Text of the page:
Contributing to a cause
Remember, honor and teach -- it's the simple but powerful mission of the "Wreaths Across America" project.
Every December, thousands of green holiday wreaths tied up with red ribbon are placed on the rows of white headstones at Arlington National Cemetery to remember and honor the nation's veterans, and this year, students at Basehor Elementary School will be able to say they helped contribute.
"I grew up in a Navy family," said fifth-grade teacher Michelle Ablard, who decided to have the students participate in the project as a Veteran's Day activity. "I teach American history, and my goal is to teach the kids love for the nation."
The project began about 16 years ago when Morrill Worcester, president of the Worcester Wreath Company in Harrington, Maine, began donating wreaths and driving them to Arlington. The nonprofit "Wreaths Across America" organization with its mission -- Remember the fallen, honor those that serve and teach our children the value of freedom - was formed last year in response to the outpouring of people wishing to help.
Wreaths are now donated to state and national cemeteries across the country, but the main event remains in Arlington. There, hundreds of people gather on Dec. 15 to place wreaths, take the time to look at the names on the headstones and perhaps learn something about the people attached to those names.
Ablard heard about the project through the Veterans of Foreign Wars and decided to use it as a multifaceted teaching tool. The students kicked off their lesson by making a DVD for others to view.
"They shared their thoughts about freedom and what veterans have done for us as a nation," she said. "We also learned about national cemeteries and why we have them, and they wanted to help."
Then, a bake sale frenzy began. Ablard sent home notes to fifth-graders' parents asking them to have their child do an odd job around the house to help buy cookies or have them help bake two dozen treats to bring to school for the bake sales. The students set up shop in Ablard's classroom, and the entire school was invited during reading block to purchase treats at 50 cents a bag. The response from the students grew and grew with each sale, and they raised more than $400 one day.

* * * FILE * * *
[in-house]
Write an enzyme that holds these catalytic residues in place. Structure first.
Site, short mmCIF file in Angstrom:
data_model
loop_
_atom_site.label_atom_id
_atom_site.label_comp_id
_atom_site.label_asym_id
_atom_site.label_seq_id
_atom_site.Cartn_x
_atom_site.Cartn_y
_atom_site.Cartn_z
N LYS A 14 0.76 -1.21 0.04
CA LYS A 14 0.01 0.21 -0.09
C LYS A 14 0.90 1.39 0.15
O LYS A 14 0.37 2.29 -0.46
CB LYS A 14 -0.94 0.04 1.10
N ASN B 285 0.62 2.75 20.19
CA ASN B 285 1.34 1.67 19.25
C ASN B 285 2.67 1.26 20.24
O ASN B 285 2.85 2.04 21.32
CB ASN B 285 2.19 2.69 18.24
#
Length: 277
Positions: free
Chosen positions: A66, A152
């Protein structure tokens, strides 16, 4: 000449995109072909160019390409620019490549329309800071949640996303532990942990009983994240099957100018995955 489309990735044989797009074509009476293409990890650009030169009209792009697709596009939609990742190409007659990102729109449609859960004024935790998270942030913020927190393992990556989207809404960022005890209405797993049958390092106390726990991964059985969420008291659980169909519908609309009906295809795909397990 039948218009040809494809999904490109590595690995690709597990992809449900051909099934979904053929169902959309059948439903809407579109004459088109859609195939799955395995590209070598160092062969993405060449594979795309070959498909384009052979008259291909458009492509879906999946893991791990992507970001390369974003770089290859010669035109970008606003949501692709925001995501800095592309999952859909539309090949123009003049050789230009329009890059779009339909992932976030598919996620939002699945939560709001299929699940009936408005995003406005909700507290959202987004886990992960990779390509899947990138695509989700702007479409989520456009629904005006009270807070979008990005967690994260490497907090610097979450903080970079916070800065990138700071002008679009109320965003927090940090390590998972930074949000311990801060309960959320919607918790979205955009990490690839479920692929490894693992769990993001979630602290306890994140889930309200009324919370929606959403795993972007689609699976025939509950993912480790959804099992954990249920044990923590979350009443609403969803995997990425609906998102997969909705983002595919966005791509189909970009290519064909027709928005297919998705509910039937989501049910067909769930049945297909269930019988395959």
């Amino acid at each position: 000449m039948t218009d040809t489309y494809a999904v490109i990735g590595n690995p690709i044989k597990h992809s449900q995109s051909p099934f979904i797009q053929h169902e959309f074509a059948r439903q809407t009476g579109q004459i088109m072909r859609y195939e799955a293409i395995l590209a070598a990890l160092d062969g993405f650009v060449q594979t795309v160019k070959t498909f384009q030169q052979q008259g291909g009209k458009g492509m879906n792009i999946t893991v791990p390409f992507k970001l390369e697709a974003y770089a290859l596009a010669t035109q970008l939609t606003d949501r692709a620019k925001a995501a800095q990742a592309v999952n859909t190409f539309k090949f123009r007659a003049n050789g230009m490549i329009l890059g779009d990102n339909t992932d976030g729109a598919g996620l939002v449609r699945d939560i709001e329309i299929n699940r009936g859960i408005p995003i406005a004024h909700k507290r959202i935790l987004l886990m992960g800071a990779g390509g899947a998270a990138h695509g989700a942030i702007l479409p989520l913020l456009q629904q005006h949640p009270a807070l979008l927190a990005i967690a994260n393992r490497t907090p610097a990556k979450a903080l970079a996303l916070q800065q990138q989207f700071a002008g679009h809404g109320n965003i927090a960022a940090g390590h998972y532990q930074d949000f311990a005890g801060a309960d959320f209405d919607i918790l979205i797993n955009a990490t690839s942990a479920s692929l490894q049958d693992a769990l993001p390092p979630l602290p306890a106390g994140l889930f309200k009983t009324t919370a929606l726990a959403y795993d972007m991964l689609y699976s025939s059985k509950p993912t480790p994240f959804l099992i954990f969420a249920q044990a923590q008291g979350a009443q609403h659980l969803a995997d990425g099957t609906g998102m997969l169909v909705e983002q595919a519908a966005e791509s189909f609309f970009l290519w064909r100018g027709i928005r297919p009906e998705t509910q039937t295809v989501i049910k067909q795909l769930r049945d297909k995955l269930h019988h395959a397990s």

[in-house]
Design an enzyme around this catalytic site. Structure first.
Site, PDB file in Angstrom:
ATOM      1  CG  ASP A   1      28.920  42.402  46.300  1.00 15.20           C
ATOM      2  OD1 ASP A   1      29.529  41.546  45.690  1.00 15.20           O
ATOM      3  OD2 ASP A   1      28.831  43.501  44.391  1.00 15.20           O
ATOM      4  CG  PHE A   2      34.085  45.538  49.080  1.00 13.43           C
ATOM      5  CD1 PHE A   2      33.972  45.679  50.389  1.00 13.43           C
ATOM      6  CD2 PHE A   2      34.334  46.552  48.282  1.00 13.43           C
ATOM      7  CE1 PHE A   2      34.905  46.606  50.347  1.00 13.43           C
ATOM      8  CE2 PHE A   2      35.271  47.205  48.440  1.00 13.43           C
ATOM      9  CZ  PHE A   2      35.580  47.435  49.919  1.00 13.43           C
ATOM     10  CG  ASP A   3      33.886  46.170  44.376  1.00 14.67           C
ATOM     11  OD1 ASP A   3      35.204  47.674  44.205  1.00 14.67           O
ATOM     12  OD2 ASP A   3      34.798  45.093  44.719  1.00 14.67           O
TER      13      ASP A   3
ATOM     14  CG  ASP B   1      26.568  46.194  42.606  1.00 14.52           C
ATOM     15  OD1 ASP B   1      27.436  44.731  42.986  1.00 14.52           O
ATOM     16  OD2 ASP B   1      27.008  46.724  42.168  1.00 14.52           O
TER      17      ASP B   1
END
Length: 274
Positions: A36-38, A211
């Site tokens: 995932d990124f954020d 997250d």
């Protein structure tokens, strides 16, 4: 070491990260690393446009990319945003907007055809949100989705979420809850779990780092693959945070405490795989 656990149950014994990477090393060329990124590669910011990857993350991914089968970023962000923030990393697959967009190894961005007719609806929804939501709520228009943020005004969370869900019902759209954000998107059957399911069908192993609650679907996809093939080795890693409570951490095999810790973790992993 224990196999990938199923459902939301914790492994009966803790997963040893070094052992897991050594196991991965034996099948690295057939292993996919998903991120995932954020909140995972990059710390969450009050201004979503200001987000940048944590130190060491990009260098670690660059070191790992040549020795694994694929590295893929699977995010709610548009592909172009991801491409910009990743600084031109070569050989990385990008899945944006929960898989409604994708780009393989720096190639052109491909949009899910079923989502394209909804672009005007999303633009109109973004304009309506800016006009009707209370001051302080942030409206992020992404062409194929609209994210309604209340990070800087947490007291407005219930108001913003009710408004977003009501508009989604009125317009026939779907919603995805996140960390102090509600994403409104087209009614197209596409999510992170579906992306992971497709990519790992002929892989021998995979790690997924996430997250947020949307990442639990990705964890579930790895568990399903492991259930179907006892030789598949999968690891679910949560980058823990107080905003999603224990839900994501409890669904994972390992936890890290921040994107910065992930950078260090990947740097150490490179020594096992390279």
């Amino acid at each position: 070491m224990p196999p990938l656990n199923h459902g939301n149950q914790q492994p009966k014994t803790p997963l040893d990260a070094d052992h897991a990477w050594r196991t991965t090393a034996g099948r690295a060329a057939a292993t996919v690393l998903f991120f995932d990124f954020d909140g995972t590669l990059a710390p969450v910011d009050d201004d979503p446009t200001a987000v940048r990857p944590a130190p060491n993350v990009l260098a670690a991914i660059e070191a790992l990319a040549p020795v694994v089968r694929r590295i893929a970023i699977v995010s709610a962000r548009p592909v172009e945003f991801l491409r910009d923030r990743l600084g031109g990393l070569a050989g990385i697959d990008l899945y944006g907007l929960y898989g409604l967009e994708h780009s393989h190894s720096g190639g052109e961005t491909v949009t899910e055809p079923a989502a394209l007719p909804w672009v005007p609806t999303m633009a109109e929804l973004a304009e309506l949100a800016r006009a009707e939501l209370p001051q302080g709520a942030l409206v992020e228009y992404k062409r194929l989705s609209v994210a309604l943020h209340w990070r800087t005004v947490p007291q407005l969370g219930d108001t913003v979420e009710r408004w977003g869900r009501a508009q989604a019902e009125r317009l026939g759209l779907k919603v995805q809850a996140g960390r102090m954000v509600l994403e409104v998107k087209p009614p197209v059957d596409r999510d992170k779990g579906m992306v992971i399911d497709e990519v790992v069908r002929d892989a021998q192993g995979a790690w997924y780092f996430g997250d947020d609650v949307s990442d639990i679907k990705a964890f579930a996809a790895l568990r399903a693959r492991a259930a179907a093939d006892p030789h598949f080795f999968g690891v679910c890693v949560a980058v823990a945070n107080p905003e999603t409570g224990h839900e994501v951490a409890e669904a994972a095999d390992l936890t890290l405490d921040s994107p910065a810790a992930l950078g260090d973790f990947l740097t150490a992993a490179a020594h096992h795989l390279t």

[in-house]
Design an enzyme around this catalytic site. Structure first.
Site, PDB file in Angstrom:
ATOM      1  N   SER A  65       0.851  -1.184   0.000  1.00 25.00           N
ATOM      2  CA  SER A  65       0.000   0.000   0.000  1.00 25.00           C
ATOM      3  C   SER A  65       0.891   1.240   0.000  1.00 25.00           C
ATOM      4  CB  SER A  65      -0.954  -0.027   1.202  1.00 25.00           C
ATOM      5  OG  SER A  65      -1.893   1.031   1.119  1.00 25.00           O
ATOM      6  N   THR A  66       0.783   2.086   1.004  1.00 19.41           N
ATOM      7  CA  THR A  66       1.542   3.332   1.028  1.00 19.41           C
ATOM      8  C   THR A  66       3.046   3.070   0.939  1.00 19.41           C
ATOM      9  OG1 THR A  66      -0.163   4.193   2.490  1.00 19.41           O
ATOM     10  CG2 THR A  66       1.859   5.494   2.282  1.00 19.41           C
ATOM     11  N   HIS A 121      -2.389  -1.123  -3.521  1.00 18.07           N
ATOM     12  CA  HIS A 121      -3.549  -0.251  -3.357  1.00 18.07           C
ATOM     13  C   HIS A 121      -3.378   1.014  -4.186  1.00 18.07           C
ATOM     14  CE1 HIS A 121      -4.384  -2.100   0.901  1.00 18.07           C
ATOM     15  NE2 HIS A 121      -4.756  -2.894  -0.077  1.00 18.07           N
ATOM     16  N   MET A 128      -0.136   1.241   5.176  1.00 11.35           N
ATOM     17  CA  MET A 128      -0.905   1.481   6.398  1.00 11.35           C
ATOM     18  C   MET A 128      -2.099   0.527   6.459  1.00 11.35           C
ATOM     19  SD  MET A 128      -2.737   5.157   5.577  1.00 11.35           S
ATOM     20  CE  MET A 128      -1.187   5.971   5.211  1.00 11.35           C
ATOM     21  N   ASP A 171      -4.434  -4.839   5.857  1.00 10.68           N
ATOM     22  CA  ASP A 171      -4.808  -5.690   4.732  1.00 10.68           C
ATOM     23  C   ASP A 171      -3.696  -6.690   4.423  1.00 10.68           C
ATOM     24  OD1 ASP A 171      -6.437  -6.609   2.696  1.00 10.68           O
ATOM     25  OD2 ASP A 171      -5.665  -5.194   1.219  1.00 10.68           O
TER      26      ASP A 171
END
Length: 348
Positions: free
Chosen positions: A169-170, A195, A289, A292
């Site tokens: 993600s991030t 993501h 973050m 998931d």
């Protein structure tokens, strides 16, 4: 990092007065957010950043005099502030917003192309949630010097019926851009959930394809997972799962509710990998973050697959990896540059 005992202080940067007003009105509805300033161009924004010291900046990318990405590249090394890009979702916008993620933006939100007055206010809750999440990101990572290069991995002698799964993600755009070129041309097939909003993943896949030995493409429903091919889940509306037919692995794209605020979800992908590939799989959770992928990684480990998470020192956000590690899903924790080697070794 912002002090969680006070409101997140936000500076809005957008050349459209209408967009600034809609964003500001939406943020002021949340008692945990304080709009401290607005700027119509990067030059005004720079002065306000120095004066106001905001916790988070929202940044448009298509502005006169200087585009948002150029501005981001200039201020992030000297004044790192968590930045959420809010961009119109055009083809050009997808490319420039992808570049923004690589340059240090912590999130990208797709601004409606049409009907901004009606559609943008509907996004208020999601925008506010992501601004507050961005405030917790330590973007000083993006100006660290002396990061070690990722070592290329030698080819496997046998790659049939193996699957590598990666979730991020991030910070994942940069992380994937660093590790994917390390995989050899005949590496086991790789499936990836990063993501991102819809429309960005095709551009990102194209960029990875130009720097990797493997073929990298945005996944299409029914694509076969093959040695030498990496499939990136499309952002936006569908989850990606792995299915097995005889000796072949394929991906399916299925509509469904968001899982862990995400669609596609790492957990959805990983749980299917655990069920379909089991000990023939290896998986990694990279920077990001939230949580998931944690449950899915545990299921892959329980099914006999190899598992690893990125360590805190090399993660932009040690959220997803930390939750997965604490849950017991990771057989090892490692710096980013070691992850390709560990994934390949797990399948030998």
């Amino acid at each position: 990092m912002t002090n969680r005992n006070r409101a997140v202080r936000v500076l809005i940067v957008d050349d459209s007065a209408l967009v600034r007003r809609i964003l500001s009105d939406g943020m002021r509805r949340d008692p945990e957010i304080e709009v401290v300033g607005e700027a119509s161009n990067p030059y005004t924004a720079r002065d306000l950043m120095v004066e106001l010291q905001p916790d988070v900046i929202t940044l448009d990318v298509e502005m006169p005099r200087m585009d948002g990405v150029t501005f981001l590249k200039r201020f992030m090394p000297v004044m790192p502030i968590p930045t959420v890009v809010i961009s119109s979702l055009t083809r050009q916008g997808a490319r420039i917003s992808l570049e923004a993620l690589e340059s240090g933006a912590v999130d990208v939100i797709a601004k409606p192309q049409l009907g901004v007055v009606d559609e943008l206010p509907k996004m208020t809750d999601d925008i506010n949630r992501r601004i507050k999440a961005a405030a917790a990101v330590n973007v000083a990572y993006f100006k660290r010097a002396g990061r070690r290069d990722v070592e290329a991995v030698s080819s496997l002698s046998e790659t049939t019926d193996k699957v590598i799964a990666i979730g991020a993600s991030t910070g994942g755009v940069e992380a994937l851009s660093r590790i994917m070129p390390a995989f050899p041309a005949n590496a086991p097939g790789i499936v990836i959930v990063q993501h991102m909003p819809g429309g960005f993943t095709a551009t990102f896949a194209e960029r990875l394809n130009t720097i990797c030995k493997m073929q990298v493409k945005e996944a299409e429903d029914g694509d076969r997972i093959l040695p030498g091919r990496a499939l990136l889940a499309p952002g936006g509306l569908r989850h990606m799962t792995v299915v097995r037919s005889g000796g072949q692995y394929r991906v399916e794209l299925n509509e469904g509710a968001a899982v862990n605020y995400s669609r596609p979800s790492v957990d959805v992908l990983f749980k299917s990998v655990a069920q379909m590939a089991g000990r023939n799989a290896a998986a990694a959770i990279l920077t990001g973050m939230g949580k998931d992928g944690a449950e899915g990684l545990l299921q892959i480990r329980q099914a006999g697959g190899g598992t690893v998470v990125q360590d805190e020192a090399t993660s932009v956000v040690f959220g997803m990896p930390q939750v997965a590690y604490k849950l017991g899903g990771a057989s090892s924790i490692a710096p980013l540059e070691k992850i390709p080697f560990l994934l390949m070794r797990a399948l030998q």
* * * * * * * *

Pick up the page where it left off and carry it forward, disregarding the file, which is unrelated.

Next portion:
"My room smelled like a brownie exploded," Ablard said. "It was a disaster. But, I told them (the students), 'this is the best disaster I've ever seen.'"
But, what really touched the teachers is the money the students donated. After picking out their treats and realizing they had money left over, even the youngest students asked if they could just donate the rest of it, Ablard said. It showed the children understood their nickels and dimes would turn into a wreath placed on a veteran's grave -- a symbol of appreciation for the ultimate sacrifice.
"I have watched the pride on my students faces as they have worked to contribute to a cause that is much greater than themselves," Ablard said in an e-mail she sent across the district. "I think they get it!"
The fifth-graders have been estimating how much money they raised from each bake sale, then counting to see who came the closest. This past Friday, the students were excited to estimate and count the entire donation jar including, profits from the bake sales along with donations from family, friends and district faculty.
After estimating how much was in the big jug, the students chanted, "dump, dump, dump" as the jug was tipped over and a mountain of coins and bills spilled onto the table. Ablard, along with the two other BES fifth-grade teachers, Rebecca Hill and Diana Manford, counted the money, calling out each stack of $25 for students to write down and keep track on small marker boards.
Students continued to bring money up to the table to donate as it was being counted, and teachers asked them questions about the importance of remembering and honoring veterans.
Each wreath costs $15 and an original goal of $1,095 was set so that each of the 73 fifth-graders could donate a wreath. Another fifth-grader was recently added bumping the goal up to $1,110. Students simulated a drum roll as the teachers announced the grand total -- $887.31. Math skills were then used to figure out that they would be able to donate 59 wreaths. The children agreed that based on their past sales, they could probably make their goal by the end of the fundraiser Tuesday. The count Tuesday afternoon revealed the students had surpassed their goal, raising $1,411.23, enough for 94 wreaths.
Students said they felt, "good, awesome, happy and amazing" about what they were doing.
"We're trying to honor veterans because they fought for our rights and freedom," fifth-grader Joe Schmaltz said.
"We're giving back to the ones who gave us so much," fifth-grader Jenna Espinoza said.
Ablard, who this week was named the winner of Basehor VFW's Citizenship Education Teacher Award, will travel to Arlington this year to help place wreaths at noon Dec. 15. Patriot Guard riders will escort the tractor-trailer full of wreaths on its five-day journey from Harrington, Maine, to Arlington beginning Dec. 9. The truck is set to arrive in the Washington, D.C., area on the evening of Dec. 14.
Ablard said she hopes her students' efforts have encouraged others to remember, honor and teach.
"We thought it would be neat that even though they're clear on the East Coast, that somehow the little town of Basehor, Kansas, could get involved," she said. "It's like a spark. Once it's lit, it spreads. It's pretty exciting."
For more information about "Wreath Across America" or to sponsor a wreath, visit www.wreathsacrossamerica.org. Donations for this year must be made by Friday, Nov. 23.